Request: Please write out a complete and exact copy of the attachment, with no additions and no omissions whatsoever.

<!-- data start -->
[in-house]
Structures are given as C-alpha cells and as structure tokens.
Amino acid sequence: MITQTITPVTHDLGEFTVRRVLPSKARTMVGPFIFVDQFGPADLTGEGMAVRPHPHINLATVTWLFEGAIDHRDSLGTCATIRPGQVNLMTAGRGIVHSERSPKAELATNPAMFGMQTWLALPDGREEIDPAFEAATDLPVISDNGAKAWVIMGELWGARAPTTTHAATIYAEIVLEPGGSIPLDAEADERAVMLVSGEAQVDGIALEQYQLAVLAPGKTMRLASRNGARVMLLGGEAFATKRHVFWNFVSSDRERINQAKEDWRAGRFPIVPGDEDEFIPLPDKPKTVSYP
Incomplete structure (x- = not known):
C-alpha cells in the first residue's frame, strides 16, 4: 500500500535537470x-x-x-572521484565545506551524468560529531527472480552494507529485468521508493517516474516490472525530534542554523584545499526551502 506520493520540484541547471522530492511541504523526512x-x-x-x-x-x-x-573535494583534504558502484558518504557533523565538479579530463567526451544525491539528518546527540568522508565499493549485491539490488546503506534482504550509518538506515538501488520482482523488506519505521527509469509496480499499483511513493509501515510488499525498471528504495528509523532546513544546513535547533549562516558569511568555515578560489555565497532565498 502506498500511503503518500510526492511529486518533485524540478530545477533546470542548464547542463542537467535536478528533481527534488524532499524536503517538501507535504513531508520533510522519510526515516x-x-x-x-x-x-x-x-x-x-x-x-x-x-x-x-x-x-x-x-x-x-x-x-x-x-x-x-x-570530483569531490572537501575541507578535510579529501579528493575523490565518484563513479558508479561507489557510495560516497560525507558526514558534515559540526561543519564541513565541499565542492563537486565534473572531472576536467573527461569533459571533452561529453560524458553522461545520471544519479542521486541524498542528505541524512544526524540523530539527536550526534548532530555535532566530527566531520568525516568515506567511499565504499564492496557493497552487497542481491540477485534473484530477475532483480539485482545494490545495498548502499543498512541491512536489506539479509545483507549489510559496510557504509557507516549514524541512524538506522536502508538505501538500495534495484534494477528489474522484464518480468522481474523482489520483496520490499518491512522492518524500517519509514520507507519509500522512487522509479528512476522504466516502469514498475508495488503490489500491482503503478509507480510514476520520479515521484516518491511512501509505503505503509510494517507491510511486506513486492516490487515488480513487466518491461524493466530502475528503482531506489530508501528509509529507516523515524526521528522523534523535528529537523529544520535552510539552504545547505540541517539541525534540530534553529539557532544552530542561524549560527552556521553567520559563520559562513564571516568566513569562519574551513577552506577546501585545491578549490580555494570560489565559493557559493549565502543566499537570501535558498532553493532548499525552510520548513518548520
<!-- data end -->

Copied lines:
[in-house]
Structures are given as C-alpha cells and as structure tokens.
Amino acid sequence: MITQTITPVTHDLGEFTVRRVLPSKARTMVGPFIFVDQFGPADLTGEGMAVRPHPHINLATVTWLFEGAIDHRDSLGTCATIRPGQVNLMTAGRGIVHSERSPKAELATNPAMFGMQTWLALPDGREEIDPAFEAATDLPVISDNGAKAWVIMGELWGARAPTTTHAATIYAEIVLEPGGSIPLDAEADERAVMLVSGEAQVDGIALEQYQLAVLAPGKTMRLASRNGARVMLLGGEAFATKRHVFWNFVSSDRERINQAKEDWRAGRFPIVPGDEDEFIPLPDKPKTVSYP
Incomplete structure (x- = not known):
C-alpha cells in the first residue's frame, strides 16, 4: 500500500535537470x-x-x-572521484565545506551524468560529531527472480552494507529485468521508493517516474516490472525530534542554523584545499526551502 506520493520540484541547471522530492511541504523526512x-x-x-x-x-x-x-573535494583534504558502484558518504557533523565538479579530463567526451544525491539528518546527540568522508565499493549485491539490488546503506534482504550509518538506515538501488520482482523488506519505521527509469509496480499499483511513493509501515510488499525498471528504495528509523532546513544546513535547533549562516558569511568555515578560489555565497532565498 502506498500511503503518500510526492511529486518533485524540478530545477533546470542548464547542463542537467535536478528533481527534488524532499524536503517538501507535504513531508520533510522519510526515516x-x-x-x-x-x-x-x-x-x-x-x-x-x-x-x-x-x-x-x-x-x-x-x-x-x-x-x-x-570530483569531490572537501575541507578535510579529501579528493575523490565518484563513479558508479561507489557510495560516497560525507558526514558534515559540526561543519564541513565541499565542492563537486565534473572531472576536467573527461569533459571533452561529453560524458553522461545520471544519479542521486541524498542528505541524512544526524540523530539527536550526534548532530555535532566530527566531520568525516568515506567511499565504499564492496557493497552487497542481491540477485534473484530477475532483480539485482545494490545495498548502499543498512541491512536489506539479509545483507549489510559496510557504509557507516549514524541512524538506522536502508538505501538500495534495484534494477528489474522484464518480468522481474523482489520483496520490499518491512522492518524500517519509514520507507519509500522512487522509479528512476522504466516502469514498475508495488503490489500491482503503478509507480510514476520520479515521484516518491511512501509505503505503509510494517507491510511486506513486492516490487515488480513487466518491461524493466530502475528503482531506489530508501528509509529507516523515524526521528522523534523535528529537523529544520535552510539552504545547505540541517539541525534540530534553529539557532544552530542561524549560527552556521553567520559563520559562513564571516568566513569562519574551513577552506577546501585545491578549490580555494570560489565559493557559493549565502543566499537570501535558498532553493532548499525552510520548513518548520